Sweet or sweat?[edit]

The article says arak comes from '"Arabic araq عرق" meaning sweat. Is that accurate? Moriori 09:00, 30 September 2005 (UTC)

I'm afraid so. Delicious, no? --Mel Etitis (Μελ Ετητης) 21:41, 30 September 2005 (UTC)
Remind me never to try it. ):- Moriori 21:46, 30 September 2005 (UTC)
I'm not sure that the name arak is the same as sweat, the same word may have two meanings, one of them could be sweat.. not sure though, trying it shouldn't depend on the name :-P Charbelgereige 23:20, 25 March 2006 (UTC) (Charbel)

My friend, a native-born Lebanese by the name of Ferris Fawaz, tells me that the meaning "sweat" is quite natural since during distillation, the equipment forms condensate in the form of droplets--it sweats. So it doesn't refer to human sweat, but to the condensate.Darylchris (talk) 00:46, 15 September 2008 (UTC)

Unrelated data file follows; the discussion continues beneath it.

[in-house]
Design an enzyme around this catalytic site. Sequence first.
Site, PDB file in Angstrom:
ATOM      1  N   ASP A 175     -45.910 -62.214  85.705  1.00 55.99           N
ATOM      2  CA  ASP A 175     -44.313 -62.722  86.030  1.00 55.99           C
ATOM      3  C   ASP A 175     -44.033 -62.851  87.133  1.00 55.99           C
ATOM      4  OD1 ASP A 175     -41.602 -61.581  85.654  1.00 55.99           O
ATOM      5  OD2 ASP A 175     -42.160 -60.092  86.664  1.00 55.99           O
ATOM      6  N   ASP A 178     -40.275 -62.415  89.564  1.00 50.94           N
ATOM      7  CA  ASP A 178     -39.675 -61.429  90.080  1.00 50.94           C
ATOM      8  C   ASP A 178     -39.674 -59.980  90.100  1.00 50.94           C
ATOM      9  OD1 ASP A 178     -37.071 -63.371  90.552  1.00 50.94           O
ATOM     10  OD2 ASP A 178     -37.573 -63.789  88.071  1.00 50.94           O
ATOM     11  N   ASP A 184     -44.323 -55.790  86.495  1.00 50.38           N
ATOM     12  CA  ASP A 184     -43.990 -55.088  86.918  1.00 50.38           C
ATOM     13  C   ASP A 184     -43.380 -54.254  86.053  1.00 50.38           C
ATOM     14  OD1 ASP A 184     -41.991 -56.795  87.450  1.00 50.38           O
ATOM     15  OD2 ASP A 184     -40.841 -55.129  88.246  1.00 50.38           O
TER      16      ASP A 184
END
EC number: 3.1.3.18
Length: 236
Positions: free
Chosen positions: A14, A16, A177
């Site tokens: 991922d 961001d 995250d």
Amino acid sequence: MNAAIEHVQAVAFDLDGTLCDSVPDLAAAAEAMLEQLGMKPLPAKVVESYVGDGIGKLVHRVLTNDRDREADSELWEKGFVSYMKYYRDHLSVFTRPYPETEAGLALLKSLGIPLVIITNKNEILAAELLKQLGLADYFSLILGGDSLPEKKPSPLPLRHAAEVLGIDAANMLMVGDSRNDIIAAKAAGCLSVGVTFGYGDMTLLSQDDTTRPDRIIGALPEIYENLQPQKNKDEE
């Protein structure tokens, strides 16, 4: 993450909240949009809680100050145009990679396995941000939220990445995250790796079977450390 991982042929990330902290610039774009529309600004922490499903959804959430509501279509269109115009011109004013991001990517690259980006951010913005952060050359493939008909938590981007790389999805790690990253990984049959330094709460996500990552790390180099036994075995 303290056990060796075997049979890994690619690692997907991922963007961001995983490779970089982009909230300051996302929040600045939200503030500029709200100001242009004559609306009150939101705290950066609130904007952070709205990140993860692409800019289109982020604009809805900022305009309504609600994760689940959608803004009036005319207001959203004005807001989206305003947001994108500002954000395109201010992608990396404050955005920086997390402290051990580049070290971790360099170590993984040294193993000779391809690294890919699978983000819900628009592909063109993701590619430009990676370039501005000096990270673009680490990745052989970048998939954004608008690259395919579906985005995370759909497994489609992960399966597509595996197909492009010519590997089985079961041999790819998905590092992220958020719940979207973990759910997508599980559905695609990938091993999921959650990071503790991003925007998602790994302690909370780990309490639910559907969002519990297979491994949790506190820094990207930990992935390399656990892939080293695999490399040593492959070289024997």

Hi, Arak is a same word, but has two meanings. The drink and the sweat. We sometimes joke about that in Lebanon. Cheers

All the more for me... --Mel Etitis (Μελ Ετητης) 09:25, 1 October 2005 (UTC)

I think I've ironed out the kinks in the language of the entry, and accordingly I have removed the 'clean-up' template. If anyone thinks it needs more work, by all means, have at.

Is it still necessary to keep the 'clean-up' tag? I'm considering removing it, any one disagree? Charbelgereige 12:27, 7 May 2006 (UTC)

It is mentionned in the Preparation section that alcohol is called 'spirtou' in arabic. It is actually called 'sbirtou'. The letter P does not exist in the Arabic alphabet.